What’s up, everyone! 

This post is part of a series I’ve been wanting to do for a long time now. It is about Azure Virtual Desktop / Windows 365 in combination with Nerdio Manager for Enterprise. It is a great third party tool that enables us to create, manage and optimize our Azure Virtual Desktop environment. 

Alright, we now have a very basic Azure Virtual Desktop environment. It only has a generic image from the marketplace. It’s time to checkout a way to add more applications! In this demo I will talk about MSIX as a packaging format and how we can use MSIX packages in our AVD environment using Nerdio Manager for Enterprise.

Series – AVD and Windows 365 with Nerdio Manager for Enterprise

I will link every post in the series in each intro. 

Disclaimer: The way I setup and configured Nerdio Manager for Enterprise might not be the quickest way and it cannot be considered as best-practices by Nerdio. This is not a sponsored series. 


  • This demo will assume part 1 to 4 have been succesfully completed.
  • A VM running Windows 10 (for packaging purposes).
  • Code-signing certificates.
  • An on-premises Active Directory Domain Services or an accessible UNC path to store our MSIX images.

What is MSIX?

In a nutshell, MSIX is a package format that provides a modern packaging experience for Windows apps. It basically combines the best features of MSI, Appx, App-V and ClickOnce. We get a lot of advantages if we use MSIX packages. They are optimized for reliability, network bandwith and disk space. If you are familiar with App-V, you might recognize the internals of an MSIX package. MSIX apps run in lightweight app container and are isolated using file system and registry virtualization. It also prevents winrot from happening. Packages are only downloaded when needed and they make use of a virtual file system and registry. So if we remove the packages, nothing is left behind. 

MSIX packages are a great solution for Azure Virtual Deskop environment, using MSIX App Attach. Nerdio Manager for Enterprise also allows us to add MSIX packages. To do so we just need to link the Azure Files shares storage location, add the certificates and add the MSIX packages. 

I found many great articles while checking MSIX out. You can find them on the bottom of the blog.


For security reasons MSIX packages need to be digitally signed. We will need to use a code-signing certificate. It is possible to not sign the MSIX package for lab or testing purposes. This is not intended for production purposes. If you want to test without code-signing, remember to enable the developer options on your test machine.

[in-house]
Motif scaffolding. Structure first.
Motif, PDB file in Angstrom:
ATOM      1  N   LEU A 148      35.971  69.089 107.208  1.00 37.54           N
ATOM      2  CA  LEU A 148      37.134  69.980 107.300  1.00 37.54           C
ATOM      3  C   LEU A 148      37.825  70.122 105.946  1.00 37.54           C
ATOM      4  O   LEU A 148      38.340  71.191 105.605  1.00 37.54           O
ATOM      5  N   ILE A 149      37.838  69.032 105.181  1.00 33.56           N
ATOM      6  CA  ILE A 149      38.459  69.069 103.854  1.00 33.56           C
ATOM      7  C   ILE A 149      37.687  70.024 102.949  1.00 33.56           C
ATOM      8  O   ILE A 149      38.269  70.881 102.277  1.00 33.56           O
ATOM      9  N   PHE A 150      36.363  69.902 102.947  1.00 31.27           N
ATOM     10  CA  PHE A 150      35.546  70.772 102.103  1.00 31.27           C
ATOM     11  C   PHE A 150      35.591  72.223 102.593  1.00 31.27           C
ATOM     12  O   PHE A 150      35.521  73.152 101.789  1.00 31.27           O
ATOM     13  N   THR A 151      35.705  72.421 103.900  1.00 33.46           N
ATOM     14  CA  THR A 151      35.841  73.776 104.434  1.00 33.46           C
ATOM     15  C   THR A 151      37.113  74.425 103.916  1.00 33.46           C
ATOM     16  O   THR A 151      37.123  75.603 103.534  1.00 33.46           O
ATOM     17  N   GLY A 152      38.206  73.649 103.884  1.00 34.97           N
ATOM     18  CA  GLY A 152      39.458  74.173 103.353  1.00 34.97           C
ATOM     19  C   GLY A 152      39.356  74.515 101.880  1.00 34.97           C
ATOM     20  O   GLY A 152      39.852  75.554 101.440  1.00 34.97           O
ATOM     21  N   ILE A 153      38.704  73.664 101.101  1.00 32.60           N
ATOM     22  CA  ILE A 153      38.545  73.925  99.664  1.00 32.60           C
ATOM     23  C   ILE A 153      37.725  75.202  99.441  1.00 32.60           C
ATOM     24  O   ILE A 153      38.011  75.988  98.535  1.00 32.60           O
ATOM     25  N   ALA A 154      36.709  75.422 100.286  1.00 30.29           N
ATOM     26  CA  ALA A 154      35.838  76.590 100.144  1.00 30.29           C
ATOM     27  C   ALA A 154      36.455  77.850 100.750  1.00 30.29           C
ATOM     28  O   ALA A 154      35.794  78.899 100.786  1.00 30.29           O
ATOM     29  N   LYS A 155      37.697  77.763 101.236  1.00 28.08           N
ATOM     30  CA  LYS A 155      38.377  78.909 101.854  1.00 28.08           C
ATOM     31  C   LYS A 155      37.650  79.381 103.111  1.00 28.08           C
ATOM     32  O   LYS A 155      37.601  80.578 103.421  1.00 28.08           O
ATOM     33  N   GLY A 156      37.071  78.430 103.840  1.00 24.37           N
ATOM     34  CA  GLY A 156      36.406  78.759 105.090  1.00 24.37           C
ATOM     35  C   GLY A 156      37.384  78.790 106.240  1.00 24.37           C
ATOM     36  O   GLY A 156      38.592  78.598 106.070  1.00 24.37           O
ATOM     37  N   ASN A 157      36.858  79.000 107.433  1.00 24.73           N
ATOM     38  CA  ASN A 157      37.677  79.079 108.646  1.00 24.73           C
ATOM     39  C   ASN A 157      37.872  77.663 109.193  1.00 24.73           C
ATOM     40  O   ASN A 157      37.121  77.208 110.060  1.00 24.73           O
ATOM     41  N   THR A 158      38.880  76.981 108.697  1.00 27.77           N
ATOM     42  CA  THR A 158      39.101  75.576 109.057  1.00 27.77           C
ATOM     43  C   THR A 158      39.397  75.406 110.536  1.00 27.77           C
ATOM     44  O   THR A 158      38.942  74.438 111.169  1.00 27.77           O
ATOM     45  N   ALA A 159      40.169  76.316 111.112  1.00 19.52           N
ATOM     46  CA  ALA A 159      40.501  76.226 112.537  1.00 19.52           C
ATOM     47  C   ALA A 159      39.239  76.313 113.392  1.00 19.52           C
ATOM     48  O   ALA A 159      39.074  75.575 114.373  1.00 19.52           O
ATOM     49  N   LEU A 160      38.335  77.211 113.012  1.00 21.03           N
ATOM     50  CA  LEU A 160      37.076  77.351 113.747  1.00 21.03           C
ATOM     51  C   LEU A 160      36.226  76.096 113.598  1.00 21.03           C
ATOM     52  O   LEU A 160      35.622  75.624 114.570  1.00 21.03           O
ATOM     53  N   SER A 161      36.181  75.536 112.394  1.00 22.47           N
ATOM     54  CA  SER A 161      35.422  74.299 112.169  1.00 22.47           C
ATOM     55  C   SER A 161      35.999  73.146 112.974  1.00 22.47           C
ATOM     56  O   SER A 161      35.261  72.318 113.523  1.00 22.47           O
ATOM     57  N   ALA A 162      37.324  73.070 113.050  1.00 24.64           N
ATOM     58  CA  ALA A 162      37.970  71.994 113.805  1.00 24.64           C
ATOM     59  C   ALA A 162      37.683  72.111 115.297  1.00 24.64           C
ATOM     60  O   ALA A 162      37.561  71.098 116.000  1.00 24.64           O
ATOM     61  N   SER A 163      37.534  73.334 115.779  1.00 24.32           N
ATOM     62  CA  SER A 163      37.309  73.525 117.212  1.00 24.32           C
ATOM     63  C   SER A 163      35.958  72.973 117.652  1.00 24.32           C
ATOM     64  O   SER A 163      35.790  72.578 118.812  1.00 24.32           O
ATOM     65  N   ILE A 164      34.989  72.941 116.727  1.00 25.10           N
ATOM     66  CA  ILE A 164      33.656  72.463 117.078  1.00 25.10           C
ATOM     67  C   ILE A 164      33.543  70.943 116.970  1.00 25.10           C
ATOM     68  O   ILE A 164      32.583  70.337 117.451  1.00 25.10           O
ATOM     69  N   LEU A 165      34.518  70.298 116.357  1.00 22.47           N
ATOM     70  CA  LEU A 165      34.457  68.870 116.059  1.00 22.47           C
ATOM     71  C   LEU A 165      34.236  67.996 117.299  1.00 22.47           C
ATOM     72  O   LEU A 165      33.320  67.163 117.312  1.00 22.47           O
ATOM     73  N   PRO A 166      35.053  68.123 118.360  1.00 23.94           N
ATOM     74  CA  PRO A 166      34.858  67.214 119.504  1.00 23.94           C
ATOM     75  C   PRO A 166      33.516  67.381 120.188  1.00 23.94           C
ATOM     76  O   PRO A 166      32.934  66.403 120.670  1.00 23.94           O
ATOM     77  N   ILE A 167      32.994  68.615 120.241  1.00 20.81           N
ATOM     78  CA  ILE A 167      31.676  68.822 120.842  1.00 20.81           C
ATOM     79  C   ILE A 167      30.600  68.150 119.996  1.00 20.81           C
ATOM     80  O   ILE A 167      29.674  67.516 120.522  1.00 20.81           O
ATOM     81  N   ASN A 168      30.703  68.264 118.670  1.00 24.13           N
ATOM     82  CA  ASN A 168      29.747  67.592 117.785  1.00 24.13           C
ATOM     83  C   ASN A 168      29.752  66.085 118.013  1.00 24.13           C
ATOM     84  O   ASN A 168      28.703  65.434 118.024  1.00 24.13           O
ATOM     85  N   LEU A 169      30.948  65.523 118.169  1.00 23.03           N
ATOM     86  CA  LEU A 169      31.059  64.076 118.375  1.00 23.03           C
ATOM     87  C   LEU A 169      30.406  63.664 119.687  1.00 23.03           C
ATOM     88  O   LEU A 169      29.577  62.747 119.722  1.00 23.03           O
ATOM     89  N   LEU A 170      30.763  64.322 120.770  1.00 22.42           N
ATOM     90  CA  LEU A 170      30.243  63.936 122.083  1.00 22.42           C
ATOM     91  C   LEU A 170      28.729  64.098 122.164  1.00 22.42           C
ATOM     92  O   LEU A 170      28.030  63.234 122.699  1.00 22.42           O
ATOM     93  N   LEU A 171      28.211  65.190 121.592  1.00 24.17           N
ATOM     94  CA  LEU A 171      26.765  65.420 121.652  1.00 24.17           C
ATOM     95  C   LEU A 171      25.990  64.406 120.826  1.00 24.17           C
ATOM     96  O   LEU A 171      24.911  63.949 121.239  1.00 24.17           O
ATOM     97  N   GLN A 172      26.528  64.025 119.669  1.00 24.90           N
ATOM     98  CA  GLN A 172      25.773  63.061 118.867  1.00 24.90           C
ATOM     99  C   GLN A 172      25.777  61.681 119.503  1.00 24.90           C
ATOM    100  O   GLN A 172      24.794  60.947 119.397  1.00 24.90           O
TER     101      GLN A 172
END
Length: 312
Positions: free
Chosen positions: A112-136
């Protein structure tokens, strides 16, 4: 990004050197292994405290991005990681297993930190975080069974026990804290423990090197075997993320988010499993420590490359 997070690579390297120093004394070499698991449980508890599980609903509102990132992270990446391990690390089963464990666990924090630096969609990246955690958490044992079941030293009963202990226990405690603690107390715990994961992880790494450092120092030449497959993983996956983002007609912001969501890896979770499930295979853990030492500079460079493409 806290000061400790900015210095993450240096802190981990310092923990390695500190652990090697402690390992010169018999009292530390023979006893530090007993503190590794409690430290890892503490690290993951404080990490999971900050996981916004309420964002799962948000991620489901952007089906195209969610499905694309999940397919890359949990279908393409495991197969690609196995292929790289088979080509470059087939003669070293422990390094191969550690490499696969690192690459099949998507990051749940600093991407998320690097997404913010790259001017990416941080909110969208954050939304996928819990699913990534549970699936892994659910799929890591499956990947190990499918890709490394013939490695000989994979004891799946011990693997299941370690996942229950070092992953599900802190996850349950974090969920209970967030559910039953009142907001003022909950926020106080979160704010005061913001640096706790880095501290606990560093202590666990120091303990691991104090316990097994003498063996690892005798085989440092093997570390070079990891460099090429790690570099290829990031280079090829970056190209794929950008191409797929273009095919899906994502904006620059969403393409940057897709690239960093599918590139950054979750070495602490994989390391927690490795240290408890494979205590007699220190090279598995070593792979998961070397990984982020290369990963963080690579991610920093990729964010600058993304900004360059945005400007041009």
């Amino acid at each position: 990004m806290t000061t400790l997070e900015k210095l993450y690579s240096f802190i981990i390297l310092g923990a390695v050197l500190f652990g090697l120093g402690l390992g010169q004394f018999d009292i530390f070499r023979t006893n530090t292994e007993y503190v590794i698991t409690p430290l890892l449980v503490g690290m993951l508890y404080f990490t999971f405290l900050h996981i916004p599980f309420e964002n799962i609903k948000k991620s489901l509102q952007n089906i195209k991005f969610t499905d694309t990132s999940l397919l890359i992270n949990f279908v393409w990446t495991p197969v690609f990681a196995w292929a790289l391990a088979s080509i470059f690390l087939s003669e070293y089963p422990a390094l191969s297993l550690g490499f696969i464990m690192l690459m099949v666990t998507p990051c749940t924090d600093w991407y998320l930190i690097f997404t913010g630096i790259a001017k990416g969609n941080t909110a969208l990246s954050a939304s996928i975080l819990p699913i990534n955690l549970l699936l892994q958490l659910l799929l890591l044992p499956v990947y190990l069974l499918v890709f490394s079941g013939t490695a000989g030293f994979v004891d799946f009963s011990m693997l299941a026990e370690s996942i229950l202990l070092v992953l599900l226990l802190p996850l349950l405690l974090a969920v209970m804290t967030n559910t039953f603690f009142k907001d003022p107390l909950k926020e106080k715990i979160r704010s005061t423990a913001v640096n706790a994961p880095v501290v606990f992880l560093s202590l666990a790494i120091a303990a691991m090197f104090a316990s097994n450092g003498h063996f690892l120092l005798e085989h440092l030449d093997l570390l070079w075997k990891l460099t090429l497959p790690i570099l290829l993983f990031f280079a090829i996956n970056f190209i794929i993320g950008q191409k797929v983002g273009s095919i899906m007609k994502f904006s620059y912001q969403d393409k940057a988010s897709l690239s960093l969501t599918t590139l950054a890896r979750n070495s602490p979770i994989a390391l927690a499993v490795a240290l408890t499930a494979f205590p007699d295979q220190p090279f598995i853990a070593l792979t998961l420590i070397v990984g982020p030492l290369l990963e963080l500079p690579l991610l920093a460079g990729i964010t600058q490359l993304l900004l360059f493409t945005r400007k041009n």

We will use a self-signed certificate for our lab. Use the following Powershell command to create a self-signed certificate:

New-SelfSignedCertificate -Type Custom -Subject "CN=Techlab" -KeyUsage DigitalSignature -KeyAlgorithm RSA -KeyLength 2048 -CertStoreLocation "cert:\LocalMachine\My"

Export the self-signed certificate with private key to a .pfx file and import the .pfd file to the Trusted People LocalMachine store.

Create an MSIX Package

It’s time to create our first MSIX package. Let’s try with a simple application like 7zip. I started my Windows 10 test virtual machine and opened up the Microsoft Store. Search for the MSIX Packaging Tool from Microsoft and install the app. Open the MSIX Packaging Tool.

I already downloaded the 7zip installer and saved it on C:\Install.

Click on Application Package. Choose Create package on this computer and click Next.

The packaging tool will check your VM and give some recommendations. Install the MSIX Packaging Tool Driver if needed and check the recommendations for optimal packaging results.

I disabled Windows Search and clicked  Next.

Next, navigate to your installer, specify any required parameters (optional) and select your signing preference.

If you want to timestamp your package, use one the following timestamp servers.

Click Next to proceed to the next page.

Fill in the required fields. Make sure the publisher name is the same as the exported certificate. Remember the certificate must be installed on your endpoint.

Only check the MSIX Core box if you plan to use MSIX packages on versions of Windows prior to 1709. More info on MSIX Core.

Click on Next to start the packaging process.

Continue through the installation process. Make sure to disable any auto-updating features as MSIX containers are read-only. Start the application once it is installed to make sure it installed correctly. Make sure to reboot your VM is needed by clicking on the Restart machine button. Click Next.